Warminster is a town in western Wiltshire, England, by-passed by the A36, and near Frome and Westbury. It has a population of about 17,000. The River Were runs through the town and can be seen running through the middle of the town park. The Minster Church of St Denys sits on the River Were. The name Warminster first occurs in the early 10th century.
The town was first settled in the Anglo-Saxon period, though there are the remains of numerous earlier settlements nearby, including the Iron Age hill forts of Battlesbury Camp, Scratchbury Camp and Cley Hill, the latter a site operated by the National Trust. Warminster is a gateway town to the Cranborne Chase and West Wiltshire Downs AONB. Wiltshire County Council organises a market in the central car park on Fridays.
There are indications that a Middle Iron Age settlement may also have been situated just west of the town.
The town’s prosperity following the growth of the wool trade in the Late Middle Ages caused the erection of many magnificent structures, including the Minster Church of Saint Denys, in a yew grove sacred from pre-Christian times, and including an organ originally destined for the then under-construction Salisbury Cathedral.
The town’s name is thought to derive from the name of the River Were, which runs through the town, and from an Anglo-Saxon minster or monastery, which may have existed at, or close to, the present site of St Denys’s Church. However, the only evidence for the possible existence of a Saxon monastery is in the place-name. It has also been suggested that “Were” may derive from the Old English “worian” to wander.
An alternative derivation of the town’s name was made, in the late 1800s, by the historian John Jeremiah Daniell, who proposed “…the conjecture is admissible that WORGEMYN or GUERMIN is the name of an ancient Wiltshire chief, and that as Biscop-tre (Bishopstrow) means “the place of the bishop”, so Warminster means “the head-quarters of Worgemyn, or Guermin”.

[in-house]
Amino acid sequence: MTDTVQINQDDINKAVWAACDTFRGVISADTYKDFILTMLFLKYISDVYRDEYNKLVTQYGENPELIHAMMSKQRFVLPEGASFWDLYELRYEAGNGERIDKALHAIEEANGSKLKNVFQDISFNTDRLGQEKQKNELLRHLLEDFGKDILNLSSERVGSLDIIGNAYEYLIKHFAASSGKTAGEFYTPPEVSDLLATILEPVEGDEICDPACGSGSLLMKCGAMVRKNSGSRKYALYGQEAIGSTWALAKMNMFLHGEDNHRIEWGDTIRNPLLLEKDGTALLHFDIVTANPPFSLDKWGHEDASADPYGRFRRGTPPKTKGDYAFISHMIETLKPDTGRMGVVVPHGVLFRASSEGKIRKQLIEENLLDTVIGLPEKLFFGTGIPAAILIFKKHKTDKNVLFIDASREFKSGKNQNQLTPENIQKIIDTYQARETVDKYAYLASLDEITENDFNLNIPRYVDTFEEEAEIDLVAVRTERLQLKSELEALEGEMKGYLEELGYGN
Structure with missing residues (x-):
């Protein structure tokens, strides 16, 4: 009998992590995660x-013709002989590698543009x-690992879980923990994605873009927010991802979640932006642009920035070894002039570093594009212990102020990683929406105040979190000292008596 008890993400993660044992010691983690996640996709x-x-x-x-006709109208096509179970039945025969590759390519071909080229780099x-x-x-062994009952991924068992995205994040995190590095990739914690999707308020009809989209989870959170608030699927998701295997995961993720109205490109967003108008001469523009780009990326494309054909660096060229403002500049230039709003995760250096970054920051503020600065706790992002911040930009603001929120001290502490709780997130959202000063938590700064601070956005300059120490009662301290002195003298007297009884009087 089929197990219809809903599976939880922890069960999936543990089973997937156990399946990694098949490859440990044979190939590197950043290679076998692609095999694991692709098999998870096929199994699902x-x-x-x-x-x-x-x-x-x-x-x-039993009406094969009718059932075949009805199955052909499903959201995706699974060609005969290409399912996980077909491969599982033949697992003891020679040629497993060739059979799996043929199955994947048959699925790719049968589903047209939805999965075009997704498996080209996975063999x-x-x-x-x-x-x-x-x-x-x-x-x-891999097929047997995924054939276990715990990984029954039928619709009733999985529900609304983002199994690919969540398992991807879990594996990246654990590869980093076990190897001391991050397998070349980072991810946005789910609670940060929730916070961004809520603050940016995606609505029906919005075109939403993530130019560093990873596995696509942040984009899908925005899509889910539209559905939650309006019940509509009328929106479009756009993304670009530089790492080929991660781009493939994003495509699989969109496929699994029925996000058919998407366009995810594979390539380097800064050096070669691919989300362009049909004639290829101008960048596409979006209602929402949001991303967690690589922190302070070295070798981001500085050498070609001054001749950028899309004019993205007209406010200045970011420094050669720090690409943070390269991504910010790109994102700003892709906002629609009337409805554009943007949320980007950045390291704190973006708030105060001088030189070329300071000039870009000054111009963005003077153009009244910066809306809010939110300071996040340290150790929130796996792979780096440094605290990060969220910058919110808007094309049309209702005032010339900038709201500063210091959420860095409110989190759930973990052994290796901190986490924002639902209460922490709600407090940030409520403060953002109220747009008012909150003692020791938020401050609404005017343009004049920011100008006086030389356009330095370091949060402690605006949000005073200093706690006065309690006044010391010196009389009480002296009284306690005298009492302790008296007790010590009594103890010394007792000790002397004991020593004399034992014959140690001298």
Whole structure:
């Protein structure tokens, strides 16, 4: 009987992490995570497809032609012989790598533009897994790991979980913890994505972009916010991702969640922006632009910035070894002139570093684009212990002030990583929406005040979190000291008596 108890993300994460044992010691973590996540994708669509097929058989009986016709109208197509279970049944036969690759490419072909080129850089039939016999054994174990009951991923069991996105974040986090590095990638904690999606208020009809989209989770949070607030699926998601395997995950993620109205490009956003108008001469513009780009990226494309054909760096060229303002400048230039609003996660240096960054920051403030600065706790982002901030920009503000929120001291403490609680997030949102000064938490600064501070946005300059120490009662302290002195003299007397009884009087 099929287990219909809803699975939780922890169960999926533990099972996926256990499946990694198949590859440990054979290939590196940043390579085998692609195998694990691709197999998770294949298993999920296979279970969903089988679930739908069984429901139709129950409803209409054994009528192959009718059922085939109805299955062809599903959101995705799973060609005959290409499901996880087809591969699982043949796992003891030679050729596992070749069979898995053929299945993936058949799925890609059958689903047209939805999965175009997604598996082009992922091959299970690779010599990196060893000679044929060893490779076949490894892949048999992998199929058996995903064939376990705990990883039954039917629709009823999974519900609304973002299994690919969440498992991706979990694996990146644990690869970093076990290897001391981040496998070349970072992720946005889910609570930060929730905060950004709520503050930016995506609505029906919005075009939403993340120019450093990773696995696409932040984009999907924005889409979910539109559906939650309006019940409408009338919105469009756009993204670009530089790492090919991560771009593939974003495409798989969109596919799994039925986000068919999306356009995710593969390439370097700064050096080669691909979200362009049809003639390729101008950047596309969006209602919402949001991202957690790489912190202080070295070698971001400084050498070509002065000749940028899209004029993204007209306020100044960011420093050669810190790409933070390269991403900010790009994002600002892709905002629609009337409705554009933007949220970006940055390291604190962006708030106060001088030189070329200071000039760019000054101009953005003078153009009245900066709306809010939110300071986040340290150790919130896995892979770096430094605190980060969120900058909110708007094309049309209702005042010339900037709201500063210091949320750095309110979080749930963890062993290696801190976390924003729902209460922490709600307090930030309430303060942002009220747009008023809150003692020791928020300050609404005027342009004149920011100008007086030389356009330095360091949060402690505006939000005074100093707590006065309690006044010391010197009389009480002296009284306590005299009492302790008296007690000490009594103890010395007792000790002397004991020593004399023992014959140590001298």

On John Speed’s map of Wiltshire (1611), the town’s name is recorded as Warmister.
During the Middle Ages the town became famous not only for its wool and cloth trade but also for its great prosperity as a corn market (it was second only to Bristol in the West of England). Many of the buildings which survive in Market Place owe their origin to the great corn market days when they were used as stores and warehouses, or as inns and hostelries for the buyers and sellers who came from many miles around.
During the English Civil War (1642–1645) the town is thought to have changed hands at least four times between the Royalist and Parliamentary supporters. When James II came to the throne in 1685 the local gentry and the Wiltshire Militia supported him against the Duke of Monmouth who was defeated.
From around 1610-1710 there was a bell foundry operating in Warminster. It was in then Common Close, now called simply The Close. From 1620-1686 the proprietor was John Lott. This name may refer to one man working for 66 years or may be a father and son. In 1707 a Richard Lott recast the tenor bell in Warminster Church for £46.00, however in 1737 a new tenor bell was required which was supplied by a Gloucester bellcaster. John Lott was responsible for the casting of bells for Warminster tower in the 17c. and also at Chippenham, Frome and other churches in Wiltshire and neighbouring counties. The book of Churchwarden Payments from Frome church noted in 1621, 1633 and 1662 payments in relation to bells made in Warminster. In 1682 John Lott attested the good condition of a bell in Frome tower, as noted in the Frome churchwarden’s accounts.
During the First World War thousands of soldiers from Australia, New Zealand and Canada were camped in the villages around Warminster.
In the 1960s and early 1970s Cradle Hill became famous as the centre of alarm surrounding UFOs and crop circles with at least one author claiming that as many as 5,000 UFOs had been witnessed in the area.